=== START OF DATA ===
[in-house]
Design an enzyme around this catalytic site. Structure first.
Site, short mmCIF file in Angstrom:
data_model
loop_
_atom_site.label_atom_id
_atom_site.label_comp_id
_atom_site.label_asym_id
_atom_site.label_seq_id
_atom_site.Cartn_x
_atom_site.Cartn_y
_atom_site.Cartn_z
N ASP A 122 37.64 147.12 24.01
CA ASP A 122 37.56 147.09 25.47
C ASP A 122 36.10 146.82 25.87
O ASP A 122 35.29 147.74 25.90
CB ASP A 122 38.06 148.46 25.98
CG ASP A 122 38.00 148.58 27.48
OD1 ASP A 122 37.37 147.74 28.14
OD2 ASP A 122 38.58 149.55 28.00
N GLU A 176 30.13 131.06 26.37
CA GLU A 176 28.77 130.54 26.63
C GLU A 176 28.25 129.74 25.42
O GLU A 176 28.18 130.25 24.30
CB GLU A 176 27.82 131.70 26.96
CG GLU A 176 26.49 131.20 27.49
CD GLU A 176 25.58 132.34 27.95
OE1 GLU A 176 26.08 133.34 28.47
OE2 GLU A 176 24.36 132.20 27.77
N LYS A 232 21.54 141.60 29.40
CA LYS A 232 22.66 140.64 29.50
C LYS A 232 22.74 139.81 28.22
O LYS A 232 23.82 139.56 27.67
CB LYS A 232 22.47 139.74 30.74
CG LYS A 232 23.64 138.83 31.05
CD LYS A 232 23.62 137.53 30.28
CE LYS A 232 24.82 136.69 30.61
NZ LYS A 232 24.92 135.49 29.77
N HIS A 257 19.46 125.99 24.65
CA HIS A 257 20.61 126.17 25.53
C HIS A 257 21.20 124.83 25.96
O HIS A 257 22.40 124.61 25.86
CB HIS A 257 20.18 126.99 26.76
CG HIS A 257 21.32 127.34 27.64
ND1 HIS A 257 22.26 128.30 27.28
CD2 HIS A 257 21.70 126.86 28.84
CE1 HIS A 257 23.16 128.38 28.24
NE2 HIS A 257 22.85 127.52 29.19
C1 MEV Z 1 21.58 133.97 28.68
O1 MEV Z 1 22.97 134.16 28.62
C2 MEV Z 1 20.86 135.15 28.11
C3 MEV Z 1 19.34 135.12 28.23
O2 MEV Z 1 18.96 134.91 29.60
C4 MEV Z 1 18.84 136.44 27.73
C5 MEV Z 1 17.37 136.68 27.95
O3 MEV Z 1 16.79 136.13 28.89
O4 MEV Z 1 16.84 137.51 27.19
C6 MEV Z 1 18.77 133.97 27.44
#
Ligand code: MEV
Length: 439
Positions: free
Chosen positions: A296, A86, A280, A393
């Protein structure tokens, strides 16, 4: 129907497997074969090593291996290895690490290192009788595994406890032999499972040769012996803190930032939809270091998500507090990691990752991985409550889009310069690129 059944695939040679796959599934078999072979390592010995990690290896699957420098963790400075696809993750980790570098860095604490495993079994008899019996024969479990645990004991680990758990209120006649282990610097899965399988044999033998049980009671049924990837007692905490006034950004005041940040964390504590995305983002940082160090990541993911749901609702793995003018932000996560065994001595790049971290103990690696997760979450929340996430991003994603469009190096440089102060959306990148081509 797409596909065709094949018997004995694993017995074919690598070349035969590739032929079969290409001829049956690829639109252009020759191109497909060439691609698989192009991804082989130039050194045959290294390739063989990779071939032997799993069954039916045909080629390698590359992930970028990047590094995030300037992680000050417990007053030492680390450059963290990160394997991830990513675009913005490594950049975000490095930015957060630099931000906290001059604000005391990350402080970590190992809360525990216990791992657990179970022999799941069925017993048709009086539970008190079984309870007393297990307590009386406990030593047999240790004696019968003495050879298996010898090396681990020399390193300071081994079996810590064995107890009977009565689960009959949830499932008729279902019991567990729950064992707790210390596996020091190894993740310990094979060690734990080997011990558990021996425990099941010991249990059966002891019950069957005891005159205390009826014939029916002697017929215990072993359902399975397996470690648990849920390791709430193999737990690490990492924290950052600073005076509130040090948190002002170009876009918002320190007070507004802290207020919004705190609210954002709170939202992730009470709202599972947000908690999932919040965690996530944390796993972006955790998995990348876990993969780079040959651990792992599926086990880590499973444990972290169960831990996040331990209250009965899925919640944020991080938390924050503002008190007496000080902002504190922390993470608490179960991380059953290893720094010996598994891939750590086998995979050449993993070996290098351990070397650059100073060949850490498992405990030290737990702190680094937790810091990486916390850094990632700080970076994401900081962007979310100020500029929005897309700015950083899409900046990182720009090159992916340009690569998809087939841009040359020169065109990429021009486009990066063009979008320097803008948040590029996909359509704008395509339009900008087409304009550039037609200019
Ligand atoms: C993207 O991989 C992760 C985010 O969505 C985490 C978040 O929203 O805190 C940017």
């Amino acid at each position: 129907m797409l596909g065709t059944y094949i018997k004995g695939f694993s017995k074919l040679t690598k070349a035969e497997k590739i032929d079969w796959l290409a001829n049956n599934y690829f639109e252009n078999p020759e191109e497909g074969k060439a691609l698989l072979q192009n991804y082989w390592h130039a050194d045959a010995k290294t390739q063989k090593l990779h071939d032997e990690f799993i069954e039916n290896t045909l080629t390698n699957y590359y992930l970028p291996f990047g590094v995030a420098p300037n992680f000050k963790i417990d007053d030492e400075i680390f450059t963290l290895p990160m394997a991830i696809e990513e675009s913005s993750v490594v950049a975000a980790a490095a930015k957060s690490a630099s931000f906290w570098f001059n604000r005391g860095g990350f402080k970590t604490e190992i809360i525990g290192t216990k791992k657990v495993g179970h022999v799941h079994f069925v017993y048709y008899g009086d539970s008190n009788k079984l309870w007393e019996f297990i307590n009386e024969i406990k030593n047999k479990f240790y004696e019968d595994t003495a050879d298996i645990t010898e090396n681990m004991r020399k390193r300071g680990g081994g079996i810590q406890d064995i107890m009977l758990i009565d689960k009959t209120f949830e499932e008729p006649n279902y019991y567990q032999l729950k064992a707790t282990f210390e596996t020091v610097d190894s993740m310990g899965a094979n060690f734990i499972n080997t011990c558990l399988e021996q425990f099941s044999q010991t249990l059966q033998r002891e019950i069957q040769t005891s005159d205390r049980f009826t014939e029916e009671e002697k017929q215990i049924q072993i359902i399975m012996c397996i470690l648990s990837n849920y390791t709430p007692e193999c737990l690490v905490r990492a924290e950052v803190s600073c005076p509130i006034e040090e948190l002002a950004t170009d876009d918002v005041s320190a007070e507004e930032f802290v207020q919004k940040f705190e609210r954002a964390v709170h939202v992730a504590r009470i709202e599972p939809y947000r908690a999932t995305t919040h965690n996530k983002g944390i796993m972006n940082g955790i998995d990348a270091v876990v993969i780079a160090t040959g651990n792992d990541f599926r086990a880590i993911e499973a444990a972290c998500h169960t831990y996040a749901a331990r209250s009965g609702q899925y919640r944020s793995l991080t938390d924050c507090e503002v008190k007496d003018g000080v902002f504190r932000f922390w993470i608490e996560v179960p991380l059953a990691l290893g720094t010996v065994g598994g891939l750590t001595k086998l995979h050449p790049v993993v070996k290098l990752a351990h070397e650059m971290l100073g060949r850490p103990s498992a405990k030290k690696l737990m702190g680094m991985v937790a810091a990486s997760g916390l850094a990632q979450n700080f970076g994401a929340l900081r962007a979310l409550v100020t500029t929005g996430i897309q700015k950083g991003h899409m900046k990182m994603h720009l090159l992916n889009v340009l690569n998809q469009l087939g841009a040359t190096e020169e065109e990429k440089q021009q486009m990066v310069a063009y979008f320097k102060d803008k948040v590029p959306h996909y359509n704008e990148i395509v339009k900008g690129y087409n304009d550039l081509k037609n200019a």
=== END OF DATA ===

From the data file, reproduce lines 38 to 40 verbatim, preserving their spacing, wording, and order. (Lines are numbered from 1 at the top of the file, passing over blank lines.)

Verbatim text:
NZ LYS A 232 24.92 135.49 29.77
N HIS A 257 19.46 125.99 24.65
CA HIS A 257 20.61 126.17 25.53